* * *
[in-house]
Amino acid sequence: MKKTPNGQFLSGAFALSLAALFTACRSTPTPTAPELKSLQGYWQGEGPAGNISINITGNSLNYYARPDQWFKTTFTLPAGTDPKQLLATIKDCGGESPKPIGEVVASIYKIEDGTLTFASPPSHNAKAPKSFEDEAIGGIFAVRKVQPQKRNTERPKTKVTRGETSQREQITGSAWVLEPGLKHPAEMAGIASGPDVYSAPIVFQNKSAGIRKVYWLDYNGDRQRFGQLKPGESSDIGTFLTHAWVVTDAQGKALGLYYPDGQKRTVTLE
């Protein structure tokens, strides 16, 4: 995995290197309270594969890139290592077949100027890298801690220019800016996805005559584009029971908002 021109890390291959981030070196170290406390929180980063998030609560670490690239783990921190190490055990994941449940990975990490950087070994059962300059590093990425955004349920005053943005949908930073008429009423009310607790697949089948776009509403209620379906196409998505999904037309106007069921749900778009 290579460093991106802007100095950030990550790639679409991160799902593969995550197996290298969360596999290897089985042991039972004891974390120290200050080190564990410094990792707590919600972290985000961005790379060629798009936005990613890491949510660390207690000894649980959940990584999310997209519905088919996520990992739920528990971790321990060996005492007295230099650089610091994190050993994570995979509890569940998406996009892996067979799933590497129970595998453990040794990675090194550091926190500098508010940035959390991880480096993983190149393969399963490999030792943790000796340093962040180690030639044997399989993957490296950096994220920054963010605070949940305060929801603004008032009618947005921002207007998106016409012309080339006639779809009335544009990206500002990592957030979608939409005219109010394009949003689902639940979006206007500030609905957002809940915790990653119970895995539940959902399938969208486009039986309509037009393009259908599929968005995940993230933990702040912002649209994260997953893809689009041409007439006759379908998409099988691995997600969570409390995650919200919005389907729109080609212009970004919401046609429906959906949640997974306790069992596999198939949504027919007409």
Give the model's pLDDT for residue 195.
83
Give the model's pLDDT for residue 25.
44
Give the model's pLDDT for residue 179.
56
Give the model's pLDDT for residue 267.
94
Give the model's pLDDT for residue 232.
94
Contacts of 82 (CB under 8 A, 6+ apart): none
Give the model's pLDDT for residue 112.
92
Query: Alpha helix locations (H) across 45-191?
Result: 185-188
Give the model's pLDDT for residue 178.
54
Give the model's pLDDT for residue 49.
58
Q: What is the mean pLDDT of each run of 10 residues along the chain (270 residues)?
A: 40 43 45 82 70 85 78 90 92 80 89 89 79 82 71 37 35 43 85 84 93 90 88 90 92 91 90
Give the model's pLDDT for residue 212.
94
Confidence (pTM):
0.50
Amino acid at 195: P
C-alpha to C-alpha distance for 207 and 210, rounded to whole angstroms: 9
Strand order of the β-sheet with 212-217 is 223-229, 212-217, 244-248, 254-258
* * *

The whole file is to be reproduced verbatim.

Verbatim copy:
[in-house]
Amino acid sequence: MKKTPNGQFLSGAFALSLAALFTACRSTPTPTAPELKSLQGYWQGEGPAGNISINITGNSLNYYARPDQWFKTTFTLPAGTDPKQLLATIKDCGGESPKPIGEVVASIYKIEDGTLTFASPPSHNAKAPKSFEDEAIGGIFAVRKVQPQKRNTERPKTKVTRGETSQREQITGSAWVLEPGLKHPAEMAGIASGPDVYSAPIVFQNKSAGIRKVYWLDYNGDRQRFGQLKPGESSDIGTFLTHAWVVTDAQGKALGLYYPDGQKRTVTLE
């Protein structure tokens, strides 16, 4: 995995290197309270594969890139290592077949100027890298801690220019800016996805005559584009029971908002 021109890390291959981030070196170290406390929180980063998030609560670490690239783990921190190490055990994941449940990975990490950087070994059962300059590093990425955004349920005053943005949908930073008429009423009310607790697949089948776009509403209620379906196409998505999904037309106007069921749900778009 290579460093991106802007100095950030990550790639679409991160799902593969995550197996290298969360596999290897089985042991039972004891974390120290200050080190564990410094990792707590919600972290985000961005790379060629798009936005990613890491949510660390207690000894649980959940990584999310997209519905088919996520990992739920528990971790321990060996005492007295230099650089610091994190050993994570995979509890569940998406996009892996067979799933590497129970595998453990040794990675090194550091926190500098508010940035959390991880480096993983190149393969399963490999030792943790000796340093962040180690030639044997399989993957490296950096994220920054963010605070949940305060929801603004008032009618947005921002207007998106016409012309080339006639779809009335544009990206500002990592957030979608939409005219109010394009949003689902639940979006206007500030609905957002809940915790990653119970895995539940959902399938969208486009039986309509037009393009259908599929968005995940993230933990702040912002649209994260997953893809689009041409007439006759379908998409099988691995997600969570409390995650919200919005389907729109080609212009970004919401046609429906959906949640997974306790069992596999198939949504027919007409």
Give the model's pLDDT for residue 195.
83
Give the model's pLDDT for residue 25.
44
Give the model's pLDDT for residue 179.
56
Give the model's pLDDT for residue 267.
94
Give the model's pLDDT for residue 232.
94
Contacts of 82 (CB under 8 A, 6+ apart): none
Give the model's pLDDT for residue 112.
92
Query: Alpha helix locations (H) across 45-191?
Result: 185-188
Give the model's pLDDT for residue 178.
54
Give the model's pLDDT for residue 49.
58
Q: What is the mean pLDDT of each run of 10 residues along the chain (270 residues)?
A: 40 43 45 82 70 85 78 90 92 80 89 89 79 82 71 37 35 43 85 84 93 90 88 90 92 91 90
Give the model's pLDDT for residue 212.
94
Confidence (pTM):
0.50
Amino acid at 195: P
C-alpha to C-alpha distance for 207 and 210, rounded to whole angstroms: 9
Strand order of the β-sheet with 212-217 is 223-229, 212-217, 244-248, 254-258